Recession Impact on Value: Known or Knowable?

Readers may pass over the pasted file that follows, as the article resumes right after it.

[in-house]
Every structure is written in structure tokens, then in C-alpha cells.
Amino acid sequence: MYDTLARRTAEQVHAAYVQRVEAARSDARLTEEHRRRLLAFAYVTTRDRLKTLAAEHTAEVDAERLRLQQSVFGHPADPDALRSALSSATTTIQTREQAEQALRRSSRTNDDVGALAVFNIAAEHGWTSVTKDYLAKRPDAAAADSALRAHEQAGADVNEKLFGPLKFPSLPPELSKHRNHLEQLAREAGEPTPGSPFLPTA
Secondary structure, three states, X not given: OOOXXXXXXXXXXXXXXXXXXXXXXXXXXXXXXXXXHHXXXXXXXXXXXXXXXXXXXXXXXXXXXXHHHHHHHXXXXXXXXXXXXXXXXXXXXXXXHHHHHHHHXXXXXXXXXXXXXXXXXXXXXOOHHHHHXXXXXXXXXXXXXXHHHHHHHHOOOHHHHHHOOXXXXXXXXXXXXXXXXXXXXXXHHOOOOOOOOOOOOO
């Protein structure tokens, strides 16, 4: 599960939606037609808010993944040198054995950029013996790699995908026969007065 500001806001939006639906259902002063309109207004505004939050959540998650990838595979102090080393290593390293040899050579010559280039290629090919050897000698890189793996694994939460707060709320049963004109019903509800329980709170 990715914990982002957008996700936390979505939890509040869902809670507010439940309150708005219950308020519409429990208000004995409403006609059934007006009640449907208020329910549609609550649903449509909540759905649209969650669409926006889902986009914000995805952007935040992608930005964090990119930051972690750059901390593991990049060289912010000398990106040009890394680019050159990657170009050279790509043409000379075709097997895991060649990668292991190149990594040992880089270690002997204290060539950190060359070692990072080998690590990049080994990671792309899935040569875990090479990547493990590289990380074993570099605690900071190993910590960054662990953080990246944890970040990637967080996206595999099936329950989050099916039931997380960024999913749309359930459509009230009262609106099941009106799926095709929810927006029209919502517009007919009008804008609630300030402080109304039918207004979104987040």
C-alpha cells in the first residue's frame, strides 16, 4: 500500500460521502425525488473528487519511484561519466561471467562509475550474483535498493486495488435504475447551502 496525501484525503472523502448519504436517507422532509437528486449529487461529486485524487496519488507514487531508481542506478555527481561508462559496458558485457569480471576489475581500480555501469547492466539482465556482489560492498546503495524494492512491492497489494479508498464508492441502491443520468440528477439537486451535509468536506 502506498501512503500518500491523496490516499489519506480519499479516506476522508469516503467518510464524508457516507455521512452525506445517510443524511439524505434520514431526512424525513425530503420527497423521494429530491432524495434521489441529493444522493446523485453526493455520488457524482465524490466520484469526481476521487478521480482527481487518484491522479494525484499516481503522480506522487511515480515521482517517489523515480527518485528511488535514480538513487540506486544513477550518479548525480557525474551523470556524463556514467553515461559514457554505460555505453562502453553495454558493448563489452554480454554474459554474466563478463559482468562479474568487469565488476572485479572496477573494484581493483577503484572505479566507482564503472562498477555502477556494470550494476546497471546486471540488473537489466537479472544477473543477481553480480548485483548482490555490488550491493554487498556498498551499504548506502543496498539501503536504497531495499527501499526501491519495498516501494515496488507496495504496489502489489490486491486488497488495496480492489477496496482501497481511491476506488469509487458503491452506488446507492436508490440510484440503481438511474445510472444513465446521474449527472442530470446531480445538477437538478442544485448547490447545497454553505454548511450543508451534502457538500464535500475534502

The current economic recession has had a profound adverse impact on many businesses. So, in cases where we are asked to value businesses on a valuation date prior to the recession, how can we ignore what we know will happen? One of my favorite lecturers, Mel Abraham, answered this question in the BVResources newsletter this month by recalling an interaction he had with a California judge a few years ago. In that case, the business had lost its largest (60%) client six months after the valuation date, and Abraham had factored the risk of client loss into his discount rate and DCF calculations. When the judge argued that this was a subsequent event, Abraham agreed but countered, “The loss of the client was definitely a subsequent event, but the risk of losing the client was known and knowable as of the date of valuation.” Looking back to valuation dates, particularly in mid-2008, you cannot include loss of revenues or other damages that actually occurred as the result of this current economic downturn, he added. However, conditions known as of the valuation date (like heavy leverage, declining assets, or other high-risk indicators) could, should, and would have been known or knowable even prior to the stock market meltdown.